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World Cupstart Review: Day 29

Riley Beveridge takes a tactical look at a German side on the verge of their fourth World Cup title.

From 17 attempts, Germany has qualified for eight World Cup finals and 13 World Cup semi finals, but remains a country never to have won football’s biggest prize as a unified country.

This current crop, who have shown it can combine utter ruthlessness with a steely determination to win at all costs, now stands as its best chance yet.

4-0 and 7-1 victories over Portugal and Brazil respectively, in arguably their biggest tests thus far at the World Cup, is where Joachim Low’s men have set about laying down a marker.

A 1-0 win over the USA, a 2-1 win over Algeria and a 1-0 win over France is where they have not shied away from accentuating the German stereotype of professionalism and efficiency.

So while they may not have always been at their most convincing best, there has never been a moment at Brazil 2014 where Germany have looked seriously threatened.

And although they have shown two impressive sides throughout the tournament, the biggest positive for Germany going into the 2014 FIFA World Cup final is that, above all, the fact they play as a team.

Low has had two headaches, selection-wise, over the last month.

The first being whether to employ Philipp Lahm as a holding midfielder, where he excelled for Bayern Munich last season, or use him at right back, the position where he has played for the majority of his career.

But, regardless of where the German captain is used, the team has effectively managed to adjust styles, systems and roles with virtually no fuss.

In a round of 16 clash with Algeria, where Lahm was used centrally in the absence of Sami Khedira and Per Mertesacker was brought in to replace the unwell Mats Hummels, Germany retained their high line in defence.

Manuel Neuer played as a sweeper-keeper, protecting a back four that lacked pace, while Lahm dictated the tempo of the match from a deep-lying role in midfield.

Against France and Brazil in the knockout matches that followed, realising the problems a higher calibre of opposition would pose against a defence made up of three, sometimes four, central defenders, Low changed things again.

Khedira was reintroduced into the side and played further up the field alongside Toni Kroos, with Bastien Schweinsteiger now the only holding midfielder.

Lahm and Hummels made the defence more agile, meaning two anchoring players in the centre of the park weren’t needed and, as a result, Khedira and Kroos could pressure higher up the pitch, winning back possession in dangerous areas and creating a situation where opposition defences, particularly Brazil’s, were continually outnumbered.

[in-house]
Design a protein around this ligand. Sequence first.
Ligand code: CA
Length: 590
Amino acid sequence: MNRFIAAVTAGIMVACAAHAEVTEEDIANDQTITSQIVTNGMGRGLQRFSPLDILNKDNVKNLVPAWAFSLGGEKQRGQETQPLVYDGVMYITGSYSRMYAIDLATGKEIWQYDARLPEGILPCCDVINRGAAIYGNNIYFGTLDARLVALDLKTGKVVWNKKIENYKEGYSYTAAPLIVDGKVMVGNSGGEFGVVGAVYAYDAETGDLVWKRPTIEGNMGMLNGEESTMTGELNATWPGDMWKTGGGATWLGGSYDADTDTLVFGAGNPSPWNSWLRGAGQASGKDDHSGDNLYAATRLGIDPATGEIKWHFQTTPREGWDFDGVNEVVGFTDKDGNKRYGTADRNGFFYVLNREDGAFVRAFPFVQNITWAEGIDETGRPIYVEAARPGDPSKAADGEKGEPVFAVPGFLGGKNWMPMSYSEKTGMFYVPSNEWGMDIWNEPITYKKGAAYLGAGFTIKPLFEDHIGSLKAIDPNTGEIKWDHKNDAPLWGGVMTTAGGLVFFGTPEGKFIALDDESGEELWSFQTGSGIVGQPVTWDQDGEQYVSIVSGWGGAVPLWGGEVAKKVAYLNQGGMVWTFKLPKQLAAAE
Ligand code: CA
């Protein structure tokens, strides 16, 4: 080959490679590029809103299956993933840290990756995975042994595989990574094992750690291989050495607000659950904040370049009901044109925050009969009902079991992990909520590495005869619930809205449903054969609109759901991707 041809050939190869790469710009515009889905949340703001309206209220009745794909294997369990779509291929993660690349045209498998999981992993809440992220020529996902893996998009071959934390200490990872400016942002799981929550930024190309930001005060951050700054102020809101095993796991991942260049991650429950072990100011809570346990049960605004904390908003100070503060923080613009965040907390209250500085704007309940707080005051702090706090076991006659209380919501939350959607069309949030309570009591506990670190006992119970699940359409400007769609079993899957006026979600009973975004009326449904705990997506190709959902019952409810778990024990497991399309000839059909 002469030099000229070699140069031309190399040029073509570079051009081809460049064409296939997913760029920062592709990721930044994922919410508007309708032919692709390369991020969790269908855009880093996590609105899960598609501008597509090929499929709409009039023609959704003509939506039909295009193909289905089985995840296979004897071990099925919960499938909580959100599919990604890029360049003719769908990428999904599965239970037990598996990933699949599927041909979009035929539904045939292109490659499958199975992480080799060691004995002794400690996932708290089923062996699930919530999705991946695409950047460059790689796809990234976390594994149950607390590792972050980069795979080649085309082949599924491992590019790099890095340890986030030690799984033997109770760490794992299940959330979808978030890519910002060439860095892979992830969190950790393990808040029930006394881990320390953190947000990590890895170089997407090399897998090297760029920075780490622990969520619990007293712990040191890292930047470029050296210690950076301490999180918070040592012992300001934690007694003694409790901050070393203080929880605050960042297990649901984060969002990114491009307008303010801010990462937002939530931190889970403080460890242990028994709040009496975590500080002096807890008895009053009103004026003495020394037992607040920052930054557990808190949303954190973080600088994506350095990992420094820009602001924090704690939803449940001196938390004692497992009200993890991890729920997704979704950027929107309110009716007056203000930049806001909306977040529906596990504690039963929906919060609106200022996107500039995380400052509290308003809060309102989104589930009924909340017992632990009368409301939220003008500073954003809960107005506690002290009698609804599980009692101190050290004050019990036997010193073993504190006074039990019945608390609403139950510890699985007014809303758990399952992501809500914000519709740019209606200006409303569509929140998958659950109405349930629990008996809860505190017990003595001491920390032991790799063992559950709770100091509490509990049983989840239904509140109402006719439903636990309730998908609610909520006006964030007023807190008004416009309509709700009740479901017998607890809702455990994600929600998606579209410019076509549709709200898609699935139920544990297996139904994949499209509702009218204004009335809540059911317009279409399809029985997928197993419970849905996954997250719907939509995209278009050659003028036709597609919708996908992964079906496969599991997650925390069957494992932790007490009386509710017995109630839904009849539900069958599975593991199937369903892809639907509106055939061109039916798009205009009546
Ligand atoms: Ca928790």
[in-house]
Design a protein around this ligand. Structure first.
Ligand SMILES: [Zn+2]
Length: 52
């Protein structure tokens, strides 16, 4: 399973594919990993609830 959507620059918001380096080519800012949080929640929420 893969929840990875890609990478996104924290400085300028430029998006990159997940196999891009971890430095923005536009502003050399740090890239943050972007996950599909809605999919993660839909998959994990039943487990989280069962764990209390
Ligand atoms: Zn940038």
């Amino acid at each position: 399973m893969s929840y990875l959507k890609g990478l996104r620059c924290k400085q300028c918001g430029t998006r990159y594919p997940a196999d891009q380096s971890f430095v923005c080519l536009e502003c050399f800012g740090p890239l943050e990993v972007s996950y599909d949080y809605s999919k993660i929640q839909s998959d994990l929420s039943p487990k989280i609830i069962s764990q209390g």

Against Argentina and, in particular, Lionel Messi, Low might alter things once again in an effort to stifle one of the best players on the planet.

The other problem Low has faced is up front, where he has tinkered between a ‘False No.9’ and the embodiment of a proper No.9 in Miroslav Klose.

Against Portugal, when Thomas Muller, Mario Gotze and Mesut Ozil interchanged between front roles, endless variations in attack caused a Portuguese back four nightmares.

But as the tournament has progressed, the likes of Muller, Ozil, Kroos and Khedira have flourished with the extra space accommodated by having Klose remain up front.

And, indeed, having a natural finisher leading your attack can always mean that a goal is just around the corner, no matter the scraps offered up – see Klose’s opportunistic and record-breaking goal against Brazil as an example.

Again, regardless of the system, Germany adjusted effortlessly.

While Andre Schurrle again flourished off the bench and Gotze has the quality to walk into any other side at the World Cup, it’s with Klose up front that Germany is likely to go with ahead of the final at the Maracana.

  • Tweet of the Day
  • Quote of the Day

“All of us are hoping for support from the Brazilians. I thought it was a wonderful gesture the way they celebrated for us.”

– German defender Benedikt Howedes calls for local support ahead of their final against Argentina.

  • Tomorrow’s Schedule

Another rest day – but it also means we’re a day closer to the 2014 FIFA World Cup final.

Riley Beveridge is a third-year Bachelor of Sport Journalism student at La Trobe University and is the editor of upstart’s Sport and World Cup department. You can follow him on Twitter: @RileyBev.

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